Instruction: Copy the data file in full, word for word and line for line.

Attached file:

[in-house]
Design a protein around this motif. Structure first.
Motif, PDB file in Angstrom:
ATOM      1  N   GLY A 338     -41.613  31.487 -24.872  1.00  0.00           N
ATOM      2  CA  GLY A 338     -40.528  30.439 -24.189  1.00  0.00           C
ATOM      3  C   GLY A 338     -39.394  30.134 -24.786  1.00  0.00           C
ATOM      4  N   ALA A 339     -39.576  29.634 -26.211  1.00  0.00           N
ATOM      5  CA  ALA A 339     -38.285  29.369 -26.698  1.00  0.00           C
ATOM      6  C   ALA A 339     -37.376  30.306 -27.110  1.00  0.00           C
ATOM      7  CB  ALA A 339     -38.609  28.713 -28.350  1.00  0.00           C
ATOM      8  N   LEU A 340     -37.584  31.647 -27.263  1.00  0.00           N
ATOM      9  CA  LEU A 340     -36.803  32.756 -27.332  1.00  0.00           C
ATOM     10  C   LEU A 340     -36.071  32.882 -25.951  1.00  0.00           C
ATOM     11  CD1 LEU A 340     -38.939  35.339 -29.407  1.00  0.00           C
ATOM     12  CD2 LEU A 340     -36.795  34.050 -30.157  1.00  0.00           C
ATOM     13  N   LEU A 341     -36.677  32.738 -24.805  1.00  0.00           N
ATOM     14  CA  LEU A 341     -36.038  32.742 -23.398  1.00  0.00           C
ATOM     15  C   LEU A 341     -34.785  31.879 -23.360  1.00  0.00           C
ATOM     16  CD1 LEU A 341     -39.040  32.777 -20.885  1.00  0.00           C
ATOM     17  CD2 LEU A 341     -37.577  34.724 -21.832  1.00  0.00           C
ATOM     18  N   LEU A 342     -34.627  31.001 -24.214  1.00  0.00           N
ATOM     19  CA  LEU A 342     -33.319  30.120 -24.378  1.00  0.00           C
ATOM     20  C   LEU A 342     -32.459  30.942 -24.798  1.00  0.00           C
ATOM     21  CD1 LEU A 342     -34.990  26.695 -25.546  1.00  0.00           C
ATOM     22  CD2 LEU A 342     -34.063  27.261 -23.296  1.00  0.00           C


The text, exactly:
[in-house]
Design a protein around this motif. Structure first.
Motif, PDB file in Angstrom:
ATOM      1  N   GLY A 338     -41.613  31.487 -24.872  1.00  0.00           N
ATOM      2  CA  GLY A 338     -40.528  30.439 -24.189  1.00  0.00           C
ATOM      3  C   GLY A 338     -39.394  30.134 -24.786  1.00  0.00           C
ATOM      4  N   ALA A 339     -39.576  29.634 -26.211  1.00  0.00           N
ATOM      5  CA  ALA A 339     -38.285  29.369 -26.698  1.00  0.00           C
ATOM      6  C   ALA A 339     -37.376  30.306 -27.110  1.00  0.00           C
ATOM      7  CB  ALA A 339     -38.609  28.713 -28.350  1.00  0.00           C
ATOM      8  N   LEU A 340     -37.584  31.647 -27.263  1.00  0.00           N
ATOM      9  CA  LEU A 340     -36.803  32.756 -27.332  1.00  0.00           C
ATOM     10  C   LEU A 340     -36.071  32.882 -25.951  1.00  0.00           C
ATOM     11  CD1 LEU A 340     -38.939  35.339 -29.407  1.00  0.00           C
ATOM     12  CD2 LEU A 340     -36.795  34.050 -30.157  1.00  0.00           C
ATOM     13  N   LEU A 341     -36.677  32.738 -24.805  1.00  0.00           N
ATOM     14  CA  LEU A 341     -36.038  32.742 -23.398  1.00  0.00           C
ATOM     15  C   LEU A 341     -34.785  31.879 -23.360  1.00  0.00           C
ATOM     16  CD1 LEU A 341     -39.040  32.777 -20.885  1.00  0.00           C
ATOM     17  CD2 LEU A 341     -37.577  34.724 -21.832  1.00  0.00           C
ATOM     18  N   LEU A 342     -34.627  31.001 -24.214  1.00  0.00           N
ATOM     19  CA  LEU A 342     -33.319  30.120 -24.378  1.00  0.00           C
ATOM     20  C   LEU A 342     -32.459  30.942 -24.798  1.00  0.00           C
ATOM     21  CD1 LEU A 342     -34.990  26.695 -25.546  1.00  0.00           C
ATOM     22  CD2 LEU A 342     -34.063  27.261 -23.296  1.00  0.00           C